2) You say you were proud of the ARRA, and that it has accountability and transparency, and that you were proud to vote for it. However, the legislation which you recently introduced, the TARP Wage Accountability Act, directly contradicts these assertions. As America now knows, the bonuses at AIG which have caused such an uproar and which spurred your legislation were not only entirely lawful and contractual, but were directly included in and sanctioned by the ARRA itself, for which you were proud to vote.
Apart from those issues, I continue to be appalled by the hubris of everyone in Washington who seems to think the only way to keep the sky from falling is if Washington builds a tower tall enough to hold it up. The unprecedented power grab the White House is seeking through Secretary Geithner to seize any financial institution of any sort that they deem threatening to the economy; the suggestion of an international currency; the $5 billion for an expansion of the size, scope, and mandate of Americorps that evokes visions of brainwashed wards of the state mindlessly mouthing the praises of the leaders; the continued promises of creating 3.5 million new jobs (but that number has changed, and will likely change again) on the one hand while talking down the economy and promising that more jobs will be lost even after the "stimulus" kicks in (what kind of 'stimulus' is that?); the horribly misplaced faith in the denizens of the Capitol who, though rife with corruption, sweetheart real estate deals, money in freezers, "menus," junkets on the taxpayer dime, poor management of everything they touch, still think there is nothing that will fix the current problems like more involvement and control for them... Something about a fox watching a henhouse comes to mind.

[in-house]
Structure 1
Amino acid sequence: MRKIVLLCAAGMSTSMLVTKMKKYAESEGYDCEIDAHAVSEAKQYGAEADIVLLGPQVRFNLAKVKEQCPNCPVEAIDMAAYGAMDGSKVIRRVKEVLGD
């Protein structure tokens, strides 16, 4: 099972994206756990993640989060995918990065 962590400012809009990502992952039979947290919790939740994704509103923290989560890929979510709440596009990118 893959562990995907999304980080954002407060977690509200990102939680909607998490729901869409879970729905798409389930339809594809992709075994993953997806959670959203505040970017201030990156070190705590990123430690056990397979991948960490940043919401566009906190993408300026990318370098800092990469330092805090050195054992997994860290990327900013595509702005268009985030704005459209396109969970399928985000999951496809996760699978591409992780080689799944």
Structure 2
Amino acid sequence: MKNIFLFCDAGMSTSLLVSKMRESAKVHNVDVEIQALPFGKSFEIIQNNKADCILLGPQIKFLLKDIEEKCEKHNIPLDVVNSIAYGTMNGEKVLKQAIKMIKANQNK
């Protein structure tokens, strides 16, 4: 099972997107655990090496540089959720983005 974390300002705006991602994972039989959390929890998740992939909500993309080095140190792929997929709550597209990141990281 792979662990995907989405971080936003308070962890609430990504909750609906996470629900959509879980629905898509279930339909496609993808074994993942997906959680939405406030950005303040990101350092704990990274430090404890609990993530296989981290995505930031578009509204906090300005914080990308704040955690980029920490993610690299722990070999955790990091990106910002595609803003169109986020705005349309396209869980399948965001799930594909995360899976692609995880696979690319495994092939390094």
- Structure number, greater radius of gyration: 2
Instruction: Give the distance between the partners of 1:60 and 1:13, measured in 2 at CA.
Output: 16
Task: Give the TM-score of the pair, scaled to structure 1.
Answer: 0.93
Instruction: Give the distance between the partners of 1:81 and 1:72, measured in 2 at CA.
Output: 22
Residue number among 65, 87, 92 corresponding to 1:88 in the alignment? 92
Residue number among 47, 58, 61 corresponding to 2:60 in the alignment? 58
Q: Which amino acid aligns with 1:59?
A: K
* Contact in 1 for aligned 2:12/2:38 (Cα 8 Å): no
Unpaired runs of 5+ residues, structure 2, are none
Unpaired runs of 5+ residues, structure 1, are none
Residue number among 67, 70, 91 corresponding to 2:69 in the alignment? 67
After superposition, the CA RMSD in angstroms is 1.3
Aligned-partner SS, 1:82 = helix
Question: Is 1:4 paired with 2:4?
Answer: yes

I do not doubt that you, sir, are an honorable man in a very tough position. But I am less than enthusiastic about many of your colleagues and the job that federal bureaucracies have done with most everything.
Your email to me included many very nice ideas and noble goals. The underlying problem, sir, is the philosophy that more and bigger government is the solution. In every single state where that has been tried it has failed. Every. Single. One. And when the present claims--those included in your email--are analyzed against facts, they don't stand up either. Even the Europeans believe our current track is doomed--and they know a thing or two about a government running an economy into the ground. More on that in my next email.
I do hope you will resist the big-state non-solutions being railroaded through Congress. The people voted for a change as a rebuke to President Bush and his big spending ways. President Obama won in part because of his pledge to reduce spending. Thus far, in hardly two months, with talk of another stimulus and a single-year budget plan larger than the GDPs of most nations on earth combined, the path we are on is anything but fiscal restraint.
I am deeply, deeply concerned for the future, sir, and I hope you will turn back from the tried, tried again, and failed every time big-state solution.